Coronavirus impact on UK housing might be short lived, thinks expat mortgage broker
Coronavirus impact on UK housing might be short lived, thinks Offshoreonline
There’s no doubt the COVID-19 pandemic has had a dramatic effect on the UK housing market, with the UK lockdown effectively bringing many UK housing transactions to a sudden halt. As estate agents and buyers are unable to visit sellers, it was inevitable the market would stall temporarily. Valuations too, cannot take place for the same lockdown reasons.
Yet just four weeks ago, Rightmove, the UK’s largest property portal, was reporting a very different picture, with average new seller asking prices hitting a record high of £312,625, pushing annual price growth to 3.5%. Rightmove added that the:
- Number of sales agreed was up by 17.8%, to the highest at this time of year since 2016
- Properties were selling an average of 6% faster nationally, and 18% more quickly in London
- Rightmove itself recorded its five busiest days ever in February 2020
Offshoreonline.org saw a similar return to growth with expat buy to let mortgage enquiries up substantially in Q1 2020, compared to 2019. Offshoreonline recorded more expat mortgage enquiries in January 2020 alone than in the whole of the last quarter of 2019, with this pattern holding true for Spanish and French euro mortgage enquiries too.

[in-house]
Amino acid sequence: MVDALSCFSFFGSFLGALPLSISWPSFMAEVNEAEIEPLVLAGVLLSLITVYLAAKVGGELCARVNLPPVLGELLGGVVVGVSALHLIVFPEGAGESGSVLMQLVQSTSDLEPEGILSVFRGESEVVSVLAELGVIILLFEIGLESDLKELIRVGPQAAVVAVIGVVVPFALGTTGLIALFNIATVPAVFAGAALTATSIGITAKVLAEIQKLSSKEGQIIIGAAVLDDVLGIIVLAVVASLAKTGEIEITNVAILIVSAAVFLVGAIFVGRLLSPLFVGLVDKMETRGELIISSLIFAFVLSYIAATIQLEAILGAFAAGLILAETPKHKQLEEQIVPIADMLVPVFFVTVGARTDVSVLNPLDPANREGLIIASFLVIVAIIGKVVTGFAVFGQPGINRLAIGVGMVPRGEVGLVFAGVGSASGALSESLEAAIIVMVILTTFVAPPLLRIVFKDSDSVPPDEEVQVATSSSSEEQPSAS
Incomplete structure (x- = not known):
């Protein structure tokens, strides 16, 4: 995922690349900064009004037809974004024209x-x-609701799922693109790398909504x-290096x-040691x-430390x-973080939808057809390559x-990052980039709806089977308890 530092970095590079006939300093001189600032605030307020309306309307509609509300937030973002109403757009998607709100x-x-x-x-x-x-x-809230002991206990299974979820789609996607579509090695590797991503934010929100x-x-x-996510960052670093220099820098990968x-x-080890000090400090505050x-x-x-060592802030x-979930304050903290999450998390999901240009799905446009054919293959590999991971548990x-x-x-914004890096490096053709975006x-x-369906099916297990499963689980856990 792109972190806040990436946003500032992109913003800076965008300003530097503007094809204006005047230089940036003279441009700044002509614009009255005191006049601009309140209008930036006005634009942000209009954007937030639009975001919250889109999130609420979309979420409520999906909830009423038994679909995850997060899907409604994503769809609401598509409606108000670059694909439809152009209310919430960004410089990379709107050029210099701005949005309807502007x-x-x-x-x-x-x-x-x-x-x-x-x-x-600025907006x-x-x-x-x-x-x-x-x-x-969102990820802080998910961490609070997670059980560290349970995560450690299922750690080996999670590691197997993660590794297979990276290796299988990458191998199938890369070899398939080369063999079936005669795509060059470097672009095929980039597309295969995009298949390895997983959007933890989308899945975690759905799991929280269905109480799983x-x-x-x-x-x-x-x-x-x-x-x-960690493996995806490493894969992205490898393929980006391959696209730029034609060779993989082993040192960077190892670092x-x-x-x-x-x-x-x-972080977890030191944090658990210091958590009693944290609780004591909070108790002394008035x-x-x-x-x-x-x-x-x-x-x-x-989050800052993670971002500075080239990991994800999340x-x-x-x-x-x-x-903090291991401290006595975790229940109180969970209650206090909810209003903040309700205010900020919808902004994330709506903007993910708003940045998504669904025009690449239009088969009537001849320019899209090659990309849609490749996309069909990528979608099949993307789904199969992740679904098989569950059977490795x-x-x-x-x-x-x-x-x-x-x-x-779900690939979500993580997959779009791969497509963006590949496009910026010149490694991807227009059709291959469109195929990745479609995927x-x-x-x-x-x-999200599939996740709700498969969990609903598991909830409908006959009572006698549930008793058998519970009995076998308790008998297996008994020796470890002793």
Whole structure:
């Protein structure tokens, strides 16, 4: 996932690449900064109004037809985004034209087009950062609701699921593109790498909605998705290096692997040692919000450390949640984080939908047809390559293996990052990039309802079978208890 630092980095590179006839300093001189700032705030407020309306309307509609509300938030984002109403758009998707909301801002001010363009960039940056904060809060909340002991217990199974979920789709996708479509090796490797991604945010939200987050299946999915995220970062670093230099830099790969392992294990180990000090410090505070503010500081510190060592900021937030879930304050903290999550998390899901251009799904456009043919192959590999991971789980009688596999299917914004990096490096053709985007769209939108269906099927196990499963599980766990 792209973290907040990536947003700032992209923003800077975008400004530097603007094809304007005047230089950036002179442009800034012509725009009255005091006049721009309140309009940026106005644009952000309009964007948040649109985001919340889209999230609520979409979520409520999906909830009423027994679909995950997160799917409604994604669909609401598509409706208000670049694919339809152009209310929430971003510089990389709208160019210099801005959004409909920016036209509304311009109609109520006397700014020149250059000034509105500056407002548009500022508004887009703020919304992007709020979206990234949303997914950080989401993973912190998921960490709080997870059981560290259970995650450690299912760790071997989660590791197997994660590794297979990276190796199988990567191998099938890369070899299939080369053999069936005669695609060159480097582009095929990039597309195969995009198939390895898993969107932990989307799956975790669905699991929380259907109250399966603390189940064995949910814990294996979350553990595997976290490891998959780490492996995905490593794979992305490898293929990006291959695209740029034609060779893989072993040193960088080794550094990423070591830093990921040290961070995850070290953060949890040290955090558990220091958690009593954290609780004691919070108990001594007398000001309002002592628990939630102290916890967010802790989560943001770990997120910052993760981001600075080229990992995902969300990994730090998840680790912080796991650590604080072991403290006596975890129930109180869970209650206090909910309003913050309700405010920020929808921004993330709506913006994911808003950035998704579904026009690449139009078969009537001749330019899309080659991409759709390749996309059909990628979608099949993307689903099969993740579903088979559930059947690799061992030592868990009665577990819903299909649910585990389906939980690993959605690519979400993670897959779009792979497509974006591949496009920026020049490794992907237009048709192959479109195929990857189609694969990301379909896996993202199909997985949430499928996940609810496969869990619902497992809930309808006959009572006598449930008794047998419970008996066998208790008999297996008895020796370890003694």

Guy Stephenson, director of Offshoreonline explains, “For the expat buyer of UK property, the UK general election result released demand which commentators knew had been building for several years while the Brexit negotiations faltered and stalled. As soon as this picture became clear, the effect was immediate. Yet at the same time and almost unnoticed in Europe, the COVID-19 pandemic was just taking off and this has had a dramatic effect.”
Stephenson continues, “However, the vast majority of expat buyers of UK buy to let property come from parts of the world which have suffered far less from COVID-19, areas such as the Middle East, Singapore and even Hong Kong. Buoyed by the success of containing SARS in 2003, Asian governments have deployed tried and tested techniques which have helped them recover quickly. Already we are seeing enquiries coming from Singapore and Hong Kong again.”
For the moment, this new demand must remain patient while the UK remains on lockdown, but for those with expat mortgage applications pre-approved, they will be the first away from the starting gun, when the UK recovery starts.